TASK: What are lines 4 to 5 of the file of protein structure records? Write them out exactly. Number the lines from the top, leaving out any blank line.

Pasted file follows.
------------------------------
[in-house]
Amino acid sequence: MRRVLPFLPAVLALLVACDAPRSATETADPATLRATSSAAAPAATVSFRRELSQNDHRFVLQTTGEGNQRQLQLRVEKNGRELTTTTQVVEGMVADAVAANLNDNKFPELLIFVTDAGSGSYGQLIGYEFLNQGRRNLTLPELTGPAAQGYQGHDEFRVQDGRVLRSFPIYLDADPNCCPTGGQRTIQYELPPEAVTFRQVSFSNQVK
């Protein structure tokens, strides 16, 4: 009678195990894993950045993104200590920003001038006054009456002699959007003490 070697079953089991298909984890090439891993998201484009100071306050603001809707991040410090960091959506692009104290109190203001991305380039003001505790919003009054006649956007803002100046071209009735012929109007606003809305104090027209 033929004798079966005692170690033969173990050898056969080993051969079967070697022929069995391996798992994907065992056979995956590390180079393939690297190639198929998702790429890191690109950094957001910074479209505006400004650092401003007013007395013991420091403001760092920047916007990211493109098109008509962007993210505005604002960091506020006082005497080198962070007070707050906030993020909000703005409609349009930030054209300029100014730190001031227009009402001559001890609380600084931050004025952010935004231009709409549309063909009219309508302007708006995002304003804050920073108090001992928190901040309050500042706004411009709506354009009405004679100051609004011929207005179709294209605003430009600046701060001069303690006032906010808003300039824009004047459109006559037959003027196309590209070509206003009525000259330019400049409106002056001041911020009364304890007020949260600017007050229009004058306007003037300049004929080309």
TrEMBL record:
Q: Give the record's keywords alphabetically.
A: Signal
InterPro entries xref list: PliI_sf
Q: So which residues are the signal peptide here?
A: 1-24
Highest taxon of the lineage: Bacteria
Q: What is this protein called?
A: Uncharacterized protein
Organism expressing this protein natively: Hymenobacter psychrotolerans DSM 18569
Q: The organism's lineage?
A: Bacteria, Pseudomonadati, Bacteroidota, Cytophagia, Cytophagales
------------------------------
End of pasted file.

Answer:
TrEMBL record:
Q: Give the record's keywords alphabetically.